Let’s begin with emotional resilience. From our foundation years, we use gendered language to discuss mental wellbeing. We tell boys that ‘big boys don’t cry’ and to ‘man up’. We tell them which behaviours are ‘girly’ and that to show emotions is to be feminine. The British obsession with the stiff upper lip can have lifelong consequences for how men express themselves and use support networks. Half as many men share their concerns with family as women and two thirds as many share with friends. Retired men are at greater risk, as the loss of work relationships can leave them socially isolated. Even medical support is overlooked, as men visit the doctor 20% less than women. Consequently, men often turn to destructive alternatives, being three times more likely to become drug or alcohol dependent. Furthermore men are twice as likely to react angrily to distress. 50% of suicidal men have been in trouble with the police, leading mental health workers to question if we mistake male mental illness for anger. It could be that diagnosis and treatment is tailored better towards women. Men’s Health Forum, National Mental Health Development Unit and Movember Foundation have all concluded men respond positively to ‘shoulder to shoulder’ rather than ‘face to face’ therapies, as they feature peer support and ownership of a problem. Maybe this is why (despite representing most of the UK’s suicides) men make up only 38% of NHS ‘talking therapy’ referrals.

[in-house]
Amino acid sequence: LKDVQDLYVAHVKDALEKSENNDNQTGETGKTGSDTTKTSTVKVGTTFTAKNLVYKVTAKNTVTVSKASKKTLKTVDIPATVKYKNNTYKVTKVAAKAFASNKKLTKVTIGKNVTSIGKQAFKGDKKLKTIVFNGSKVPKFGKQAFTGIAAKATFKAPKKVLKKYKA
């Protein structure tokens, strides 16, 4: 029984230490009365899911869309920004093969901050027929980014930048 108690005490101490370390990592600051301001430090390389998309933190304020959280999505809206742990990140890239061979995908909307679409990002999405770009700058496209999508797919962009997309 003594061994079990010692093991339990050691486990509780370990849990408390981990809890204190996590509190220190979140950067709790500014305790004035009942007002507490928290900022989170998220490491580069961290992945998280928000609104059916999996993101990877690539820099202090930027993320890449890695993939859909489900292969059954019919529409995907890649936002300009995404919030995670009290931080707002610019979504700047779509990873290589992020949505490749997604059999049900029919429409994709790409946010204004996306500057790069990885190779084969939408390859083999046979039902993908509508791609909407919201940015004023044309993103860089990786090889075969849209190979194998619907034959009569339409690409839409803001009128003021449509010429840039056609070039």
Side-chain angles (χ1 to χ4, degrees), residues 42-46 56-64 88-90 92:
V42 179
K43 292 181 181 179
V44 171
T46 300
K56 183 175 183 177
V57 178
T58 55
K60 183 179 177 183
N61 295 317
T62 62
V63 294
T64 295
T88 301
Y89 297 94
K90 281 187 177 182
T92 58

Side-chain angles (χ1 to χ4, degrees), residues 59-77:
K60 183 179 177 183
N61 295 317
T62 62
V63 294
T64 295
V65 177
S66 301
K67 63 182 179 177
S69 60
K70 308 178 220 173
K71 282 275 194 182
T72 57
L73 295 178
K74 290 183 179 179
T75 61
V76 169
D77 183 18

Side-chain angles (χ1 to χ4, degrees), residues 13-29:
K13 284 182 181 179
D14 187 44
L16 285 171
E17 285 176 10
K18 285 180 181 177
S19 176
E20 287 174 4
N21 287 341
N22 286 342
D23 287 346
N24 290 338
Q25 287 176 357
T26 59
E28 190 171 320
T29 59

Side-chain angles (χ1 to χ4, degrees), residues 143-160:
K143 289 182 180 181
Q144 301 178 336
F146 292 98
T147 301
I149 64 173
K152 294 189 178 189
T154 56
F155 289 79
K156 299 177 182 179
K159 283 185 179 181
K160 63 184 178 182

Clearly a perceived tenant of masculinity is concealing weakness – and this plays out emotionally and physically. Whilst many have not followed through in practice, we have become increasingly conscious of the language we use to describe women. However there is not the same self-awareness for men (and indeed some deliberately seek to objectify men’s bodies in order to even the odds). Aidan’s Turner performance in Poldark was infamous – for being topless and muscular. Men’s bodies are scrutinised, with clear notions of what is attractive and manly. Words like ‘dadbod’ mock the average man’s figure, and Dove has never launched an ‘every man is beautiful’ campaign. Is it surprising some men still equate muscles with manliness, regardless of the costs? Once a problem within professional athletes, UK steroid abuse now excels heroin users. NICE believes that 59,000 people took steroids last year; most users were male, with a young average age. There is a growing phenomenon of men, obsessively pushing their bodies to create the perfect gym selfie and have their appearance validated by others. But men also experience other forms of body dysmorphia. In 2014 the Royal College of Practitioners indicated a 66% increase in men treated for eating disorders in the last decade. But society regards these disorders, with their anxieties, concerns about appearance and need for control, as inherently feminine, locking men out of discussions and treatments. It is telling that society is willing to diminish the significance of this mental illness due to the strong associations with young girls – and risk harming everyone in the process.